I was interested this morning to come across these few lines, attributed of all people to Calvin Coolidge:
Press on. Nothing in the world can take the place of persistence.
Talent will not; there is nothing more uncommon than unsuccessful men with talent.
Genius will not; unrewarded genius is almost a proverb.
Education will not; the world is full of educated derelicts.
Persistence and determination alone are omnipotent.
They seem to sum up to me what we as a society basically do respect more than anything: hard work. If someone is talented but lazy then we certainly criticise them for it, but it also seems to me that if someone is of limited competence but do really work hard, then at the very least we respect them morally, even if we don’t always give them the job. So, for reasons unconnected with the rhetorical abilities of President Coolidge (he was famously taciturn), and indeed of these precise words, we do seem to have taken fully on board this message.
Our actual valuing of hard work is, incidentally, different from what we think we aspire to be as a society, which is a meritocracy. If you ask people what they think we are or ought to be, that’s what they say. But in reality I don’t think we do respect that - just think of the public view of the very highly paid in finance or in business: people are fairly happy to accept that they are clever people, but they still don’t respect them or think they are entitled to all that money.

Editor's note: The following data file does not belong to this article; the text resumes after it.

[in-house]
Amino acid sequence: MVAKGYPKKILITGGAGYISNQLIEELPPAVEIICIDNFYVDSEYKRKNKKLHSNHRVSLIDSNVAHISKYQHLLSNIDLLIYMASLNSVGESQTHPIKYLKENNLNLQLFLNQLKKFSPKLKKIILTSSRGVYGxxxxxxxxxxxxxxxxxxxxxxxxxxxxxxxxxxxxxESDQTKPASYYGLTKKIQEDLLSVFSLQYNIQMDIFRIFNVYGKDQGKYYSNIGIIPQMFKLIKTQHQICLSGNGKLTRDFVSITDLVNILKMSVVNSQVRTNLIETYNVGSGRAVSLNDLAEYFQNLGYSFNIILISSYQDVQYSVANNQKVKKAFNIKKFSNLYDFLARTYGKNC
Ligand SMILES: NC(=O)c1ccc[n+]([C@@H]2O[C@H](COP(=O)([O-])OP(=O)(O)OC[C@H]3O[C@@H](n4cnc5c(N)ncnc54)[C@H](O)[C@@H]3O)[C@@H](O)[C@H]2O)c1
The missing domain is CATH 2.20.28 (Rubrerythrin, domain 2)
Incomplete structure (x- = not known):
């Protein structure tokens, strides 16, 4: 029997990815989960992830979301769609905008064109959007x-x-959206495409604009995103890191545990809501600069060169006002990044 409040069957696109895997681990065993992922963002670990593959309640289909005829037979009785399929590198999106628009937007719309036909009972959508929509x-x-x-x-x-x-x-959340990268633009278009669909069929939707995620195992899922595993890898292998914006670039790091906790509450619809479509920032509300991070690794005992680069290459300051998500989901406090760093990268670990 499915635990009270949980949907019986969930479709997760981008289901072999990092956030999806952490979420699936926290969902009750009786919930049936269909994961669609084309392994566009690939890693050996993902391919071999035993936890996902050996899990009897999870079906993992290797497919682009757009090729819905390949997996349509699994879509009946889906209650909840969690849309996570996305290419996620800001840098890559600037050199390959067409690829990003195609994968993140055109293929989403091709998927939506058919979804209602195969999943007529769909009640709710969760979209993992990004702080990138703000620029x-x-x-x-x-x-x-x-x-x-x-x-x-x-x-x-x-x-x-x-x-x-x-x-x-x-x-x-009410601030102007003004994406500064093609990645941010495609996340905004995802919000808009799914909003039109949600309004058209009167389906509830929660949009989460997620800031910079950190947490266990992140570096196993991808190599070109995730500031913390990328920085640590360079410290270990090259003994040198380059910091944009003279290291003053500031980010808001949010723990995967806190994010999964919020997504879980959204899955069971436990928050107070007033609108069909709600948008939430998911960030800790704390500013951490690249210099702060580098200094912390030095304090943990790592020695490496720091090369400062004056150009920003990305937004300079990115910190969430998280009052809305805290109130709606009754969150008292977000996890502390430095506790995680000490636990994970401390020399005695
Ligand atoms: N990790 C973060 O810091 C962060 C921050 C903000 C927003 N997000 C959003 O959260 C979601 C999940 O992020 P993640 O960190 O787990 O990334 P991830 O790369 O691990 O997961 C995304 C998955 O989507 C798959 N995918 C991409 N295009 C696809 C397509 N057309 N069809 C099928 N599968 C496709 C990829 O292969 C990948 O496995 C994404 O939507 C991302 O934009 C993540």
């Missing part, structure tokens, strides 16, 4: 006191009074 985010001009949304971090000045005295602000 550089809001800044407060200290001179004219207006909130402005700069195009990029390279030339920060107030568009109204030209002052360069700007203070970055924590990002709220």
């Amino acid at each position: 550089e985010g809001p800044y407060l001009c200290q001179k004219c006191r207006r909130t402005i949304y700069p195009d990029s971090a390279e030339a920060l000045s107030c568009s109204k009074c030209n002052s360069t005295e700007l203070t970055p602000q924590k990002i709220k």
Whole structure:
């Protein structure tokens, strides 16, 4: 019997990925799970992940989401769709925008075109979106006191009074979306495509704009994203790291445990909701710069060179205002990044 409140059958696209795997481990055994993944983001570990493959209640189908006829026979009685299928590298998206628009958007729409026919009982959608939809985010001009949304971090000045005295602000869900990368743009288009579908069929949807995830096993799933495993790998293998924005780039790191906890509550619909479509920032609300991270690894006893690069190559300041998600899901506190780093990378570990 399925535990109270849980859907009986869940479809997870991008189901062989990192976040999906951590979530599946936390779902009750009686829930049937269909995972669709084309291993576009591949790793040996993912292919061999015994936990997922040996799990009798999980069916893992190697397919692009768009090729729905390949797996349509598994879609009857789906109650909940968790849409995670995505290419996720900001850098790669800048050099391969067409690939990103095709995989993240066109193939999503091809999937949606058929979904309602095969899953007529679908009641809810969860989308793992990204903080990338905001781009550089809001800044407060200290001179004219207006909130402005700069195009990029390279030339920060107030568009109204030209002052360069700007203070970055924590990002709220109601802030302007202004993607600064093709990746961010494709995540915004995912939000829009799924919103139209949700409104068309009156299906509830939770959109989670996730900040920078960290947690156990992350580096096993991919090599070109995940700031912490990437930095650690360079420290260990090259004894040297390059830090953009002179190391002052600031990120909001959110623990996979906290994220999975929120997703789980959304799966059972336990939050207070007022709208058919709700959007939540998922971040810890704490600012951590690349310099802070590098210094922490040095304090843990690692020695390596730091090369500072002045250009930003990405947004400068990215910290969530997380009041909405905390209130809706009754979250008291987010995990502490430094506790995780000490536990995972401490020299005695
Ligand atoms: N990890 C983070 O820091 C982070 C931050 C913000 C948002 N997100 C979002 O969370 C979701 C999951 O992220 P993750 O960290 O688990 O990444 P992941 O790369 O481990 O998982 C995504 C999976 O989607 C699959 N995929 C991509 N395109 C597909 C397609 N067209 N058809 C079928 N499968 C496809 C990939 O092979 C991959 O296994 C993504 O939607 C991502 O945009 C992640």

Personally, I take the now unfashionable view that we shouldn’t even be trying to be a meritocracy. The term was indeed originally coined by Michael Young as a criticism. And indeed why should we think that power should be held by those who were born talented, any more than we should think it should be held by those born rich, or to aristocrats? Although I don’t quite agree with him that pure Stakhanovism is the only real test of value, it is, as President Coolidge says, what we do with it that matters.